Well, the SleepTracker is pretty pricey for an individual at $179 for the most useful version of the tool, but for insurance purposes, that could be a whole lot cheaper than paying the hospital and staff for the overnight stay that is now the preliminary screening of a sleep disorder. I could see lending a SleepTracker to a patient to wear at home for a week, uploading the sleep data to a central site for clinical review. That would just be for the data collection function of the gadget.
I assume it really does work for the other side of the function -- waking you up at an optimal time, which means it would be therapeutically useful for people with sleep disorders. If folks are waking up less tired, they might gradually find it easier to sleep at night. Good sleep can also help control and prevent seizures in susceptible people, as well as stress, anxiety, and other health issues. The first thing they tell you to do for treating a sleep disorder is to follow good sleep hygiene -- no caffine, no alcohol, a standard sleep schedule.
Sleep Education: Preventing Parasomnias: http://www.sleepeducation.com/Topic.aspx?id=62
Getting good quality sleep can help prevent and sometimes even cure a sleep disorder. In which case, the cost of a tool like this could easily pay for itself. What do you think? Would insurance cover this? Probably need more research, but there are articles on home monitoring of sleep disorders using both wrist and finger actigraphy, so there is some real potential here.
Now, I'm sure the sleep specialists are already aware of this, and obviously have similar tools. It is great to see something like this being made available to the general public. If you are someone lucky enough to be able to afford this on your own, it might help either provide useful data to your clinician or might help you self-manage sleep problems to prevent any kind of sleep disorder that would require medical assessment or intervention.
For more information on sleep disorders, check out:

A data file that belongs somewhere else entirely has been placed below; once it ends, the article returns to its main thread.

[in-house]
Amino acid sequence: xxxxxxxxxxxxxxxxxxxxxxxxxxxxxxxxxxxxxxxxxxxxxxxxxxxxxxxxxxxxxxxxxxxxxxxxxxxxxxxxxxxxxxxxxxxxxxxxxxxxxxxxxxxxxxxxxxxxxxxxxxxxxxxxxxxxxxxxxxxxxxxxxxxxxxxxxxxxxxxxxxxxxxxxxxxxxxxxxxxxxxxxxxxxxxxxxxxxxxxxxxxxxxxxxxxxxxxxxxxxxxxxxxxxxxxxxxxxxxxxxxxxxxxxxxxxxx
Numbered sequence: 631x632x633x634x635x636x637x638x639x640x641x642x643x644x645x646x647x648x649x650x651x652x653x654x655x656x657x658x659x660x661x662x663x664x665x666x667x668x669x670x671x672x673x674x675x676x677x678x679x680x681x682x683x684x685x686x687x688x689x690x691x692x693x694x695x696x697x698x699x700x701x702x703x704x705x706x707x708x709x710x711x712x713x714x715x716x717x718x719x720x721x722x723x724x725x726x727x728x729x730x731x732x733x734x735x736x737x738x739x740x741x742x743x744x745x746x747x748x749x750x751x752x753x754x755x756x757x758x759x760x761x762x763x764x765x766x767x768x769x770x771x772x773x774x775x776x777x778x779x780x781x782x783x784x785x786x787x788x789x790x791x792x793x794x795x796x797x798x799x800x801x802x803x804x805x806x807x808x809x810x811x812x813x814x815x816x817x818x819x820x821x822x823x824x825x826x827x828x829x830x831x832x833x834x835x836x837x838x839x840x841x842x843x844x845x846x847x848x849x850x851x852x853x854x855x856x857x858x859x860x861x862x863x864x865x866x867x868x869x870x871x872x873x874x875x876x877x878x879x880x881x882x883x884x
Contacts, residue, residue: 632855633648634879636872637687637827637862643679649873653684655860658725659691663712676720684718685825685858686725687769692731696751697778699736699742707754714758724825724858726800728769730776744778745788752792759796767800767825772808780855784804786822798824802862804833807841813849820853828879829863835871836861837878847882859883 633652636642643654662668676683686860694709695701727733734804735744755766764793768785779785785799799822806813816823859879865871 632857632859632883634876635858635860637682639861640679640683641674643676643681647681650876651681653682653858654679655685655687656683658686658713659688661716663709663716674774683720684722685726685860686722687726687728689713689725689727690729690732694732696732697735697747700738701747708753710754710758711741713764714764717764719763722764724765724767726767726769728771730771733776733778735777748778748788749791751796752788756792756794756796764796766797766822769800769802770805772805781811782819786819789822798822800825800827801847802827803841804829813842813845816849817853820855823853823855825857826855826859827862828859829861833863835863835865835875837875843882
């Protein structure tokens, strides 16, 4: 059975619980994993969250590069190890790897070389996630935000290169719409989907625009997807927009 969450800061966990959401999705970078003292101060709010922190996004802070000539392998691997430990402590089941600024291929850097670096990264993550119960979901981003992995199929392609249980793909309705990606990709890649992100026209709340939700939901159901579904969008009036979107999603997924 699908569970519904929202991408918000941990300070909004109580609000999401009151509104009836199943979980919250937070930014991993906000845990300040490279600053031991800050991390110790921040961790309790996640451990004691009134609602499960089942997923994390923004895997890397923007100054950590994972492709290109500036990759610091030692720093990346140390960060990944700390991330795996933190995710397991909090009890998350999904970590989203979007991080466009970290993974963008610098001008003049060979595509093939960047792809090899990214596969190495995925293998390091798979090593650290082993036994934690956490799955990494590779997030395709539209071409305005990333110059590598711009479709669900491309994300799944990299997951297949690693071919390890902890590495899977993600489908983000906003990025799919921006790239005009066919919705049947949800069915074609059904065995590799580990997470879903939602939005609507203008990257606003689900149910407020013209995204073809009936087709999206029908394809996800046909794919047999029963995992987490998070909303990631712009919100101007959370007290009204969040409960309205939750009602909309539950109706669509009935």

MedlinePlus: Sleep Disorders: http://www.nlm.nih.gov/medlineplus/sleepdisorders.html
National Sleep Foundation: http://www.sleepfoundation.org/
Sleep Education (American Academy of Sleep Medicine): http://www.sleepeducation.com/
January 10, 2009
WATCH THIS - Obama Healthcare Reform Community Meeting In SL - Youtube Report
The Obama-Biden Transition Team has been asking for feedback, input, and information from a large number of stakeholders and communities on important issues. On December 5th Tom Daschle put out a request for citizens to host community meetings on Healthcare Reform to provide input to the Transition Team. The following video is a brief overview (4 minutes) of a 3 hour community meeting in the virtual world of Second Life. It highlights comments from a few of the participants from divergent areas of the USA, describes the context and process of the event, and explores how the use of social media made the discussion more inclusive of people who might otherwise not be able to participate. I encourage you to watch this video.
January 07, 2009
Mobile Healthcare Education
I just stumbled on an old message I had missed that mentioned this presentation. Entirely my fault that I hadn't seen this sooner!
This is a very intriguing approach to using Twitter, mobile technologies, cell phones and related tools to fill academic functions. This ranges from emergency callouts to managing class activities and assignments. Extremely interesting!